Allegheny County health official defends restaurant grading plan

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The Allegheny County Health Department’s plan to start hanging grades on restaurant doors, an idea that has drawn fierce opposition from some local restaurant interests, should make eating out safer, according to department executive Jim Thompson.

A recent health department analysis of about 100 randomly selected restaurant inspections in the county showed 45 percent would have scored a “B” or lower if the proposed grading system were in effect, he said.

“Having 45 percent with [numerous] serious violations is an issue,” said Mr. Thompson, deputy director of environmental health.

Forcing restaurants to display grades should provide “a significant deterrent” to ignoring food safety rules, he said. “There will be more attention paid to complying with all regulations.”

The grading plan needs the Allegheny County Board of Health and county council’s final approval before it could be implemented in the fall.

Critics of the plan — including Kevin Joyce, owner of the Carlton, Downtown, and John Graf, CEO of the Priory Hospitality Group on the North Side — say they worry a bad grade would unjustly harm businesses because scoring would be based on annual inspections that represent only a snapshot in time.

“This could destroy livelihoods,” Mr. Graf warned during a public hearing two weeks ago in Lawrenceville.

In an interview, Mr. Thompson said that protecting the public was the department’s goal. “Receiving a ‘B’ or lower means there are serious violations of the food code, which would have the potential to compromise public health,” he said.

He noted that food establishments would get a chance to improve their scores during a follow-up inspection before grades became final. Owners who still didn’t agree with their scores could pay $150 to one additional reinspection per calendar year.

Opponents of the plan also have raised concerns about the possibility of inspectors failing to apply grading criteria consistently and the department not having enough staff to do the job right.

Mr. Thompson did not see that as a concern. “We spend a lot of time training inspectors to make sure we are consistent,” he said. Although the grading system is expected to increase the number of reinspections performed, the additional workload likely could be handled through overtime, he said.

A six-week pilot program in July and August is designed to allow the department to test the grading software and work through any kinks in the scoring system. The test phase, during which no grades will be posted, will include data on follow-up inspections showing how many restaurants were able to raise their scores.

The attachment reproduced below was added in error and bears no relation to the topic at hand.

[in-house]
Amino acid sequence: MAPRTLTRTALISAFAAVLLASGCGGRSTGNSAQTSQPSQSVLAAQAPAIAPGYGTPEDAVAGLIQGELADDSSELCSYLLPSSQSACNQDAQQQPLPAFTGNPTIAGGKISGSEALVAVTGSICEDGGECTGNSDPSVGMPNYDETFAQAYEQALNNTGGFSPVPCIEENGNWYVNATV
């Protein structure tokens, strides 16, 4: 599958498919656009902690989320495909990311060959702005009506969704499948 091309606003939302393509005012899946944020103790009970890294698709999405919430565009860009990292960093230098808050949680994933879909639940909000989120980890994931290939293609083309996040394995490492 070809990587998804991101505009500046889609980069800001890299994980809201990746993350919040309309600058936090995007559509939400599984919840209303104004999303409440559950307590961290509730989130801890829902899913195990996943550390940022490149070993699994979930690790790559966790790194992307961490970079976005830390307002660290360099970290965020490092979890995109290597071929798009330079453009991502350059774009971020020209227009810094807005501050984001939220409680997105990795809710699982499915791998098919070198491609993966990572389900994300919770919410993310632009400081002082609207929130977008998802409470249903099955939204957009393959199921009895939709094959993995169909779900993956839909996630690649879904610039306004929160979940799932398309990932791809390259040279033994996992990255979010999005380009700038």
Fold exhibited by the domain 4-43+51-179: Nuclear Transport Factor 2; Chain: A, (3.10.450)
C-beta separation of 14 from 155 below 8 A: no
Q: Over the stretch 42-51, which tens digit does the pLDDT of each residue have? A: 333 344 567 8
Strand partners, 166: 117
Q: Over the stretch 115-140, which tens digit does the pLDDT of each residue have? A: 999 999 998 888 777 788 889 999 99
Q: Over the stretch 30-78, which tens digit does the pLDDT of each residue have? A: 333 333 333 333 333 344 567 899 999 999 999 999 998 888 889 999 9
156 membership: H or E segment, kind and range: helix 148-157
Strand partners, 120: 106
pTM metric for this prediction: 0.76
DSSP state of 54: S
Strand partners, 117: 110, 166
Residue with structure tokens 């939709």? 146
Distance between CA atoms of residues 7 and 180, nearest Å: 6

Mr. Thompson expects a “significant percentage” of restaurants would move into the “A” category when re-graded during a follow-up visit.

The six-week trial also will help managers determine if the new program overburdens inspectors and “whether we should think about adding staff,” he said.

Results of the pilot will be presented to the board in September.

Under the current plan, if a restaurant scored below an “A” during the first year of the program, the grade would be withheld until a final grade was awarded after a follow-up inspection. In subsequent years, the initial grade would be posted immediately and changed if warranted after the re-inspection. Even during the first year, initial grades would be available to the public on the health department’s website.

The county first plans to begin grading restaurants, banquet halls, social clubs, church kitchens, caterers, convenience stores and hospital and university cafeterias. Later, it would add supermarkets, school cafeterias, personal care homes and nursing homes.

Besides launching grades, the department plans to start assessing fees when inspectors must return to food facilities multiple times to ensure that serious problems were fixed. That change, which also needs the nod from the health board and county council, is aimed at repeat offenders who monopolize department resources by continually failing to fix serious health code violations.

Under the current proposal, there would be no charge for a regular inspection or one follow-up visit, but it would cost $150 for a second reinspection and $300 each if any subsequent re-inspections were needed.

Mr. Thompson said the additional revenue should defray the cost of the grading plan, making it “county tax dollar neutral.”

There are no plans to initiate re-inspection fees for other inspection-based services the department performs, such as ensuring compliance with building codes or air pollution controls, Mr. Thompson said.

“It’s a little different with restaurants because we have such a high re-inspection rate,” he said.


Patricia Sabatini: psabatini@post-gazette.com or 412-263-3066.

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